Polymeric Self-healing Composites for Longer Lasting Products

This proven, patent-pending material that enables a wide variety of composite products to "self-heal" is available for licensing by or joint development with commercial companies, universities, or government laboratories. Structural polymers are susceptible to cracks that form deep within the structure where detection is difficult, and repair is often impossible. Once these cracks have formed, the product's structural integrity is significantly diminished. Researchers at the University of Illinois at Urbana-Champaign have developed self-healing composite materials to address this microcracking problem. In these materials, the resin matrix typically used in making composite products is infused with monomer-containing microcapsules and a corresponding polymerization catalyst. When a crack forms in the composite, the microcapsules rupture, releasing the monomer. As the monomer contacts the catalyst, polymerization occurs and the crack is "self-healed," requiring no manual intervention. Once healed, the polymer recovers as much as 90% of its original fracture toughness.


In nature, damage to an organism elicits a healing response. University of Illinois researchers have applied this same concept to synthetic material design, creating a self-healing polymer composite.

An additional unique feature of this healing concept is the use of a catalyst that remains active even after triggering polymerization. Therefore, when additional cracking occurs, the catalyst crystals will continue to trigger polymerization, allowing multiple healing events to occur.  

The Chemistry of Self Healing

The University's researchers identified ring-opening metathesis polymerization (ROMP) reaction as the best method to self-heal cracks quickly.

To achieve a ROMP reaction, the microcapsules contain dicyclopentadiene (DCPD) monomer. DCPD offers a long shelf life, low viscosity and volatility, and low shrinkage upon polymerization. When a crack ruptures the microcapsule, the DCPD interacts with a ruthenium-based Grubbs catalyst. This reaction causes the DCPD to polymerize at room temperature, yielding a tough, crosslinked polymer network (Figure 2 attached).

Test Results

This technology has been extensively tested in epoxy and polyester matrix composites, including tapered double-cantilever beam (TDCB) fracture tests, optical and scanning electron microscopy, and infrared spectroscopy. Research is ongoing in optimizing the self-healing process.

  • Confirmation of Self-Healing: Environmental scanning electron microscopy and infrared spectroscopy confirmed that self-healing does occur within test specimens (Figure 3 attached). ESEM images showed that a thin polymer film formed on a fracture surface, and IR spectroscopy showed that this film absorbed radiation similarly to ring-opened DCPD.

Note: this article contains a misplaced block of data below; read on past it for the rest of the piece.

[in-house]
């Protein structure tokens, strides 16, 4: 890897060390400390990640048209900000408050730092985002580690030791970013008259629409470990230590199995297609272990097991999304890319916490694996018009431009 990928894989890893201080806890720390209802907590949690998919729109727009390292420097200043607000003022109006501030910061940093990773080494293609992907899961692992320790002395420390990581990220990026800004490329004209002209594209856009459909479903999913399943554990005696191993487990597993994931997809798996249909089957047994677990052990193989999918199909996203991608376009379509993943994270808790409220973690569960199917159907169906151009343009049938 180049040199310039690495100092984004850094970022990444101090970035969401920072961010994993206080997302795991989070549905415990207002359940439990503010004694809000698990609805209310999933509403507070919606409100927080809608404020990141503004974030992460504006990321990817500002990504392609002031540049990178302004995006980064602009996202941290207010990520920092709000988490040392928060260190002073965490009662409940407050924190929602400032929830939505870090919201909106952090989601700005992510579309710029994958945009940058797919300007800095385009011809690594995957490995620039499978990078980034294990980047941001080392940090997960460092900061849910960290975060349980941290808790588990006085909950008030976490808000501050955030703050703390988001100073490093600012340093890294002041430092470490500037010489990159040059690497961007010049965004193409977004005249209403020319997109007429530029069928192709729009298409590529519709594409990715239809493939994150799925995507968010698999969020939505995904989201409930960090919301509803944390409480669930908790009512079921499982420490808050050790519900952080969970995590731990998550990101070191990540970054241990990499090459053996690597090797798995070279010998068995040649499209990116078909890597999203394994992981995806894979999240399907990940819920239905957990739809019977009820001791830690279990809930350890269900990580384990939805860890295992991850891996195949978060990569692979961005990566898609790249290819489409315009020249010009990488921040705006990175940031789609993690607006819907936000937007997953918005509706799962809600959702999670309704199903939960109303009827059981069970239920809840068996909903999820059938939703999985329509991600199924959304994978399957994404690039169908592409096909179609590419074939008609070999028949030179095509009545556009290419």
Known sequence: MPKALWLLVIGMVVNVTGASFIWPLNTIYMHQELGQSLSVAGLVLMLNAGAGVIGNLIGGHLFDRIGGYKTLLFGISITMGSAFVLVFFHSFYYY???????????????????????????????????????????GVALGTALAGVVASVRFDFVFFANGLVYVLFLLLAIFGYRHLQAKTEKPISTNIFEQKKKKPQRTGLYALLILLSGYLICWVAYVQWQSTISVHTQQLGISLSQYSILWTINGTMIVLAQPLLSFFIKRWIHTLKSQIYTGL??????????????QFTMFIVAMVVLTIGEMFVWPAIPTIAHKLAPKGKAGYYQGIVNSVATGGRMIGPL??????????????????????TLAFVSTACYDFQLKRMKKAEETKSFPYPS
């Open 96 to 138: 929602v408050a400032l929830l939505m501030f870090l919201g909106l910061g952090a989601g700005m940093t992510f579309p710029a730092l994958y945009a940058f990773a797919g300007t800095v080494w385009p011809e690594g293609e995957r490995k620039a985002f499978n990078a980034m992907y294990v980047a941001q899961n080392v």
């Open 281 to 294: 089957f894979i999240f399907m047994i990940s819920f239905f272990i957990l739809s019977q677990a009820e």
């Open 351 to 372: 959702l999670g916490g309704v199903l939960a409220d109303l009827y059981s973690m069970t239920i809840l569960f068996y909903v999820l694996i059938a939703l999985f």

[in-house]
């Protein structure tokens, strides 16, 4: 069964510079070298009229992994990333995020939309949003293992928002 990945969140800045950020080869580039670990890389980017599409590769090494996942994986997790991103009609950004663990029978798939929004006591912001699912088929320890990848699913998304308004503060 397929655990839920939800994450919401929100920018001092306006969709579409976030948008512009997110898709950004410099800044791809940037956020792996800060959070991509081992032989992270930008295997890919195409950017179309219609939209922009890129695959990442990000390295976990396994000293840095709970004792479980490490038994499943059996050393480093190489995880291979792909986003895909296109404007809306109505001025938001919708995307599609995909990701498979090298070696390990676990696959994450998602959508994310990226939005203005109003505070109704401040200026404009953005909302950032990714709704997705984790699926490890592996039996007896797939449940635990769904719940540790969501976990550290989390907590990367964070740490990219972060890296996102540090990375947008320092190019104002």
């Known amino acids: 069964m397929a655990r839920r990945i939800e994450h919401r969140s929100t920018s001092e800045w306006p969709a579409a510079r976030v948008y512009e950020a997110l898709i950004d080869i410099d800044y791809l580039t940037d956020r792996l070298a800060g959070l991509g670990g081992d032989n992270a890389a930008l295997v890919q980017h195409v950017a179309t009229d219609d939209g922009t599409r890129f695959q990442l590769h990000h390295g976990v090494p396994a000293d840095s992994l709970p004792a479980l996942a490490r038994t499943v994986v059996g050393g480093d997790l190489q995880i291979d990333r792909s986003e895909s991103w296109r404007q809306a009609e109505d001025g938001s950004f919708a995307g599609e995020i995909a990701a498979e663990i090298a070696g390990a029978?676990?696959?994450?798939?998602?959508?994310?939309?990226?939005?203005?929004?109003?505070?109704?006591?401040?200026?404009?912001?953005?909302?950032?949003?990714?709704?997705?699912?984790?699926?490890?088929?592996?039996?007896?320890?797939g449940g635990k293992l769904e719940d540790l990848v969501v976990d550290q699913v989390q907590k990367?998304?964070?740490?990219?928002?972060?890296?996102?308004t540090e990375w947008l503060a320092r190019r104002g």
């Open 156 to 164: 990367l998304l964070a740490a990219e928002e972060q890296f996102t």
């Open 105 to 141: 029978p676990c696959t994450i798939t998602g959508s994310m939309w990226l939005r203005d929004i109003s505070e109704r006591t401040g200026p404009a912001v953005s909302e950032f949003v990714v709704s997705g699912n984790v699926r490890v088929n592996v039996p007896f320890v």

• Healing Efficiency: Fracture toughness tests showed that specimens with self-healed cracks regained between 70% and 90% of the original toughness. Furthermore, this repaired fracture toughness was equivalent to that of a test specimen made only with the DCPD epoxy and no catalyst (Figure 4 attached).
  • Effects of Catalyst on Healing Efficiency: One series of tests showed that the lower the concentration of the Grubbs catalyst, the greater the healing efficiency (Figure 5 attached).


The uses for these self-healing polymer composites are virtually endless. This technology can be used in nearly any plastic or composite part that is subject to microcracking. Below are just a few examples.

  • Transportation: Cracks in the structure or components of automobiles, airplanes, and spacecraft shorten vehicle life and can compromise passenger safety. This self-healing technology would repair these cracks before they grow to dangerous levels.
  • Sporting Goods: Many consumers are willing to pay top dollar for high-quality fishing equipment, tennis rackets, helmets and other protective gear, boats and surfboards, skis, and other sports equipment. This self-healing technology would improve the quality of these products.
  • Medicine: Once implanted in the body, prosthetics and other medical devices are difficult to monitor and access for repair. This self-healing technology could prevent problems caused by damaged pacemakers, hip and knee replacements, dental materials, and other medical devices.
  • Electronics: Polymer composite circuit boards and electronic components can suffer from mechanical and electrical failures if microcracks progress unabated. This self-healing technology would help to prevent such failures.
  • Paints, Coatings, and Adhesives: Used in a wide variety of products, paints, coatings, and adhesives are subject to scratches, cracks, and deterioration. This self-healing technology would repair this damage, maintaining protection from environmental conditions and/or a longer lasting seal.


  • Self-healing: Polymeric and composite materials are subject to weakening due to fatigue cracking. A self-healing composite has the potential to defend against material failure due to fatigue and to greatly improve product safety and reliability and to extend product lifetimes.
  • Improved toughness: Adding the microcapsules to the resin and later initiating the self-healing process increases the toughness of the resin over what it would have been without the microcapsules. Improving the toughness of a previously brittle material makes it more durable and less likely to suffer brittle fracture.

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